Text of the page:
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Photo of burned E-scooters provided by the New York Fire Department.
23 Nov 2022

Rapid fire developments caused by micro mobility lithium batteries a growing problem

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"The lithium-ion battery adds a different degree when we talk about the fire dynamics of it... These rooms flash over in just a mere matter of seconds"

New York has had almost 200 fires started by lithium batteries during 2022. Most recently a high rise fire which injured 38 people is suspected to have been started by a lithium battery.  

 

New York has a particular problem with E-Scooters and E-Bikes not only because of the high density of the city, but also because of the large number of delivery couriers depending on their small electric vehicles to do their their job every day. 

However, fires caused by lithium batteries in small vehicles are happening all over the country.  On Monday November 20, firefighters rescued two adults from an apartment in Michigan after a wheelchair battery caught fire.

The fire was very much an example of an everyday situation which could occur anywhere: Firefighters say an electronic wheelchair’s lithium-ion battery was charging when it caught fire. There was a thermal runaway inside the battery, explosive gas was released inside the battery casing and the resulting jet stream lit the apartment on fire. 

The Fire Chief of the city of Ann Arbor near the University of Michigan, where the incident occured, said to WAGMTV.com that the situation could have easily been much worse. 

These individuals were “very, very lucky. This easily could have been a double fatal fire because they were both very, very close to where this was at,” he said.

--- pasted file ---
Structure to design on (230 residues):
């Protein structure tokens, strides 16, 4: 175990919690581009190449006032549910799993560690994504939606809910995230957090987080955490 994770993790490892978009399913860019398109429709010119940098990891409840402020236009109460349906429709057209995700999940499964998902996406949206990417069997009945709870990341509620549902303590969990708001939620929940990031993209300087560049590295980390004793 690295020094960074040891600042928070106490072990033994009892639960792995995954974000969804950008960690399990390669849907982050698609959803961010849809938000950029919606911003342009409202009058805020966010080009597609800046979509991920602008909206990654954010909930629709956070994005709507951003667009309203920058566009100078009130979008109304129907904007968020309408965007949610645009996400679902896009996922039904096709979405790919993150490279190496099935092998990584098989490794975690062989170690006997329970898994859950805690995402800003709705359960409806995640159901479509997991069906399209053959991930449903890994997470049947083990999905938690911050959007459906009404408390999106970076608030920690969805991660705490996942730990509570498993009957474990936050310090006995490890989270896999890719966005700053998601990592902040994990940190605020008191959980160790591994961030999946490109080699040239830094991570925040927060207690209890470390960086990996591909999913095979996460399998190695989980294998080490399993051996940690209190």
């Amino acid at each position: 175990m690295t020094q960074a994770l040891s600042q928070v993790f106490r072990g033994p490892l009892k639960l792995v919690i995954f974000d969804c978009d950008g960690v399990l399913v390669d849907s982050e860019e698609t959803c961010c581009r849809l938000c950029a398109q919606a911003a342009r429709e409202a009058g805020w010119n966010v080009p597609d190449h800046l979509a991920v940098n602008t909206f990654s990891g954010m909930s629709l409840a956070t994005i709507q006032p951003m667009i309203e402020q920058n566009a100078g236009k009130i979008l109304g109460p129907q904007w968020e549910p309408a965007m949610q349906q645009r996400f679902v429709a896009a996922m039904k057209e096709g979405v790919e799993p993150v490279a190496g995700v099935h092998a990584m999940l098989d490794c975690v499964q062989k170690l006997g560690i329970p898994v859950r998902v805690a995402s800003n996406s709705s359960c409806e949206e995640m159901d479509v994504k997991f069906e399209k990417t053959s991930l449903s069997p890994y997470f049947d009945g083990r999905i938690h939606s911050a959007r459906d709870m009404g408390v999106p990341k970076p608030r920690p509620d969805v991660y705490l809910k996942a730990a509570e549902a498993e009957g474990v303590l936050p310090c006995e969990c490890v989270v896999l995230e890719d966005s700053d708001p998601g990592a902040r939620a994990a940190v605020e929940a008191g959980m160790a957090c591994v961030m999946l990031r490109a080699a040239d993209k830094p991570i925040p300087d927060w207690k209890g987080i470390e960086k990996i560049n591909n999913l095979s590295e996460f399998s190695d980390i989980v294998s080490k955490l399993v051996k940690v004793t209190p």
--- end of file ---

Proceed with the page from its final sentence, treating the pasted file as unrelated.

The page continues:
Chief Kennedy recommends not charging a lithium battery during night time, or when residents are asleep: At least one person should be awake, and if the device is as large as for instance a wheelchair, it shouldn't be placed charging in or near an exit path. 

Even if a resident manages to extinguish a battery fire themselves, or if the thermal runaway is mild, it is important to call the fire department. As Chief Kennedy points out, a battery which has once caught fire, it can catch fire again, up tp several hours or even days later. In the case of the Michigan fire, the fire department encased the burnt battery in a protective polymer and transported it away from the apartment building in a special fire resistant bucket.

 

Rapid fire development common with batteries in small electric vehicles

According to a People.com article on November 7, the FDNY Deputy Assistant Chief Frank Leeb told ABC News about the particular intensity and rapid fire development of these types of batteries:

"The lithium-ion battery adds a different degree when we talk about the fire dynamics of it... These rooms flash over in just a mere matter of seconds", he said. 

 

 

Read more about lithium battery fires on CTIF.org 

 

Both the NFPA and the NYFD have released safety tips for how to charge and handle lithium batteries after several recent large fires determined to have been caused by lithium batteries. These safety sheets can be downloaded below. 

 

Photo of burned E-Bikes provided by the New York Fire Department.
Photo of burned E-Bikes provided by the New York Fire Department.

190 fires allegedly started by e-bikes in New York in just 10 months

In New York, it is allegedly primarily e-bikes which are being blamed for the nearly 200 fires reportedly started by lithium batteries in the city during 2022.